I first really heard about the concept of being vegan in the early 2000s. There was a lot of hype around it, but unlike a lot of fads or trendy diets, it doesn’t seem to be going anywhere. In fact, as we move towards the third decade of the century, the number of people adopting this lifestyle has steadily increased. The number of vegans over the last five years has doubled in number. From Beyonce and Ariana Grande to Peter Dinklage and Liam Hemsworth, most hot favorites have been setting up an example for their followers by turning vegan.
Do they know something that we don’t?
Should we be getting on the vegan train as well? Let’s find out more so.
Surprisingly, vegan is often cited as a part of vegetarianism. Which is technically wrong. It's like the idea that all squares are rectangles, but rectangles aren't squares.
Although both, vegans and vegetarians, don't eat meat yet being a vegan is different from being a vegetarian.
If you’re thinking about going vegan or vegetarian, knowing the difference between the two is something you should be clear about. This article will take you through the different aspects so you can make an informed decision if one of these practices is for you.
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What is The Difference between Vegan and Vegetarian?
A vegan is someone who doesn’t eat anything that is animal or a byproduct of an animal. For example, a vegan with not eat eggs, dairy products, honey or even gelatin since their ingredients come from animals.
A vegetarian, on the other hand, isn’t as strict about their limitations and just doesn’t eat meat or fish. Those who do eat fish and seafood, but not meat, are offend referred to as pescatarian.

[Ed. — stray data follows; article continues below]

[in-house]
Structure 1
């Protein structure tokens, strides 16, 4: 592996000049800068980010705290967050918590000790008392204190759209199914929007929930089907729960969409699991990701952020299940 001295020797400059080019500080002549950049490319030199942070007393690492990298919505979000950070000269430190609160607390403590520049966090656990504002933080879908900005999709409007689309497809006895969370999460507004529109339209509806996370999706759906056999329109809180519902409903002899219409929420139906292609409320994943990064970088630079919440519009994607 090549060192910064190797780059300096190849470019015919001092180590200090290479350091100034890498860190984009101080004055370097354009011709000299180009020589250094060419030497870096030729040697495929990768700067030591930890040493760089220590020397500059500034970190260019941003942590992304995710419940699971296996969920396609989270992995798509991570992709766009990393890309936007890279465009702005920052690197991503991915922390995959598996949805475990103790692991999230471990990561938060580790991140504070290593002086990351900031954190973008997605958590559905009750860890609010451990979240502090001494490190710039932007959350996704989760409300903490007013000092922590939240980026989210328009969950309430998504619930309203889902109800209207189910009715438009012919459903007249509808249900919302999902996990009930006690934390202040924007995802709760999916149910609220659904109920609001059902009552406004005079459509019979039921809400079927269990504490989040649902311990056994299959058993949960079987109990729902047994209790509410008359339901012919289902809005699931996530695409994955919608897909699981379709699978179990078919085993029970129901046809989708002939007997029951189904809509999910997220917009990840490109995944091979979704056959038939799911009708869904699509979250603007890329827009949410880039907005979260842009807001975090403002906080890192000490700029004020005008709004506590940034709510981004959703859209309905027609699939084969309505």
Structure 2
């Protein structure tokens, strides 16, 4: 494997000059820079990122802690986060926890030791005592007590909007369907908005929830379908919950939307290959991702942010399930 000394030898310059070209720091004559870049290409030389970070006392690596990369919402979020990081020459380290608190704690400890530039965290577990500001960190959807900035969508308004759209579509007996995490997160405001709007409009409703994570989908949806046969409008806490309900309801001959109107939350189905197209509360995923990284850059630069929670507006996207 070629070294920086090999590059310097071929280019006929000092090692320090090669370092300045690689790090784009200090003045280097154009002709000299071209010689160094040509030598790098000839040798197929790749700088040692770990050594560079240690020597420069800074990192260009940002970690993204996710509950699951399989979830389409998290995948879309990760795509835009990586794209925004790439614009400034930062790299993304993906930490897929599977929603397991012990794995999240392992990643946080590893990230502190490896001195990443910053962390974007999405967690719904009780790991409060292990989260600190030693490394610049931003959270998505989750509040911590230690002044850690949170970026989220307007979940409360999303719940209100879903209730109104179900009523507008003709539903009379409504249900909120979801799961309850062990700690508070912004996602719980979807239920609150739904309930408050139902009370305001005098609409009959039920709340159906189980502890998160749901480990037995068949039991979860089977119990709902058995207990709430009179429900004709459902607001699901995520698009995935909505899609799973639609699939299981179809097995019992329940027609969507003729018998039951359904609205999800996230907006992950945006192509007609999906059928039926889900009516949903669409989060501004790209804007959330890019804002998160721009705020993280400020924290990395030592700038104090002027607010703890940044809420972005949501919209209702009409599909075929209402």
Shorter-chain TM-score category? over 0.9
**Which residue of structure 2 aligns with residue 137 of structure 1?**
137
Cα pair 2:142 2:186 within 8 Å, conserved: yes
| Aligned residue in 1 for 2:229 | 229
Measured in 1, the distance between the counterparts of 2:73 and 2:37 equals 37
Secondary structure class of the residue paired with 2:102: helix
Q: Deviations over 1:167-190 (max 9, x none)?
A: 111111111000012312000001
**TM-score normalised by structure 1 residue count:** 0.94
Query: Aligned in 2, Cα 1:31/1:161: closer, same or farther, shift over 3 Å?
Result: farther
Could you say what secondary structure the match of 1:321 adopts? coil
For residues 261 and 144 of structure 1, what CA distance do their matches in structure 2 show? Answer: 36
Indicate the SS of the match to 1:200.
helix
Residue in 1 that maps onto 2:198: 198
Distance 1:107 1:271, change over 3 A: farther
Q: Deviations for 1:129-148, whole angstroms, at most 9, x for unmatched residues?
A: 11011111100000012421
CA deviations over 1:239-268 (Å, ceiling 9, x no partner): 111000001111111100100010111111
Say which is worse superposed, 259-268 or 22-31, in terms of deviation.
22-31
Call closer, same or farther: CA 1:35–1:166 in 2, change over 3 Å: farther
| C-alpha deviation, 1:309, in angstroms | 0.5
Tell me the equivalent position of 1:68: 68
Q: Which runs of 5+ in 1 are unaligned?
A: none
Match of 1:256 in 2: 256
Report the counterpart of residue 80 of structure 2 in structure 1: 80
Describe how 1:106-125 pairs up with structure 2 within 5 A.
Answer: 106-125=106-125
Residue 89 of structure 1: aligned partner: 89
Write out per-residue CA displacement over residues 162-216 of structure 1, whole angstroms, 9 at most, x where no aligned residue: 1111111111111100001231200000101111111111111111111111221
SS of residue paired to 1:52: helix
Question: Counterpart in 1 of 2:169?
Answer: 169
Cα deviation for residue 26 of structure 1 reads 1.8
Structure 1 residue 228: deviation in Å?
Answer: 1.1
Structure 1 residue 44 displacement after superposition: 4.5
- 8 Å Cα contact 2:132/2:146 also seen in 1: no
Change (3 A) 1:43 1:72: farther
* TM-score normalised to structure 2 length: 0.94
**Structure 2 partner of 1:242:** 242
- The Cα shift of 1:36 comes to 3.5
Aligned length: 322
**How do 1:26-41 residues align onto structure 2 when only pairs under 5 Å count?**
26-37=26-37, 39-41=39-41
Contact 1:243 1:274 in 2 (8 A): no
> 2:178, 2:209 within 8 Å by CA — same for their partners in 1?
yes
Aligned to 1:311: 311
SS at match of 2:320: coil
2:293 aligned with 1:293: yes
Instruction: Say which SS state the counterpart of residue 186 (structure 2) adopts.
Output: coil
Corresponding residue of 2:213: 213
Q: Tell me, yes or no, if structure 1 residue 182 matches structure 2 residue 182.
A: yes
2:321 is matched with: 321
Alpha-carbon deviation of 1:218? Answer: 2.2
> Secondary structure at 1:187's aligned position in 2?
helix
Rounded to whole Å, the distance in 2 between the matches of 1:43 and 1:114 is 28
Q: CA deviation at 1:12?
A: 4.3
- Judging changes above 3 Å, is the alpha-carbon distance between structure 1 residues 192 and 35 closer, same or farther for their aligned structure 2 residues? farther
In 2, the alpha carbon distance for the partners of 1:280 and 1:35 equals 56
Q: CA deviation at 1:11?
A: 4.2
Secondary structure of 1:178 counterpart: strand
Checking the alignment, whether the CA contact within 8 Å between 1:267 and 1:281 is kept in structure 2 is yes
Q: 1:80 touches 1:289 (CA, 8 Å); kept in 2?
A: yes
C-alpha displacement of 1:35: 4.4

Getting the Motivation
There are many reasons why people choose to become vegetarian or vegan. Many vegetarians believe that the consumption of meat has negative effects on the body, especially eating too much red meat and all the problems it can cause. Others just might not really care for the taste of meat, and are more than happy to explore the rich flavors found in fruits, veggies, legumes and other food sources.
While becoming a vegetarian often has to do with health and diet concerns, being a vegan goes beyond that. Many vegans don’t just consider themselves vegan because they refrain from eating certain types of foods but describe their beliefs as more of an overall lifestyle choice. There is a big emphasis on the protection of animals and the environment from cruelty. This could be from wearing fur, saturating the earth with disruptive chemicals, or a multitude of other non-natural acts.
These, of course, are just a very very basic overview of the two different practices. Everyone has their own unique reasons in choosing to be a vegetarian, vegan, or neither of the above.
What do Vegans eat?
The first question that strikes people on realizing that vegans don't even eat eggs is where do vegans derive their proteins from? Legumes, beans, and lentils are the answer. Vegans live on fruits, seeds, beans, nuts and vegetables and no, it isn't limited to just salad.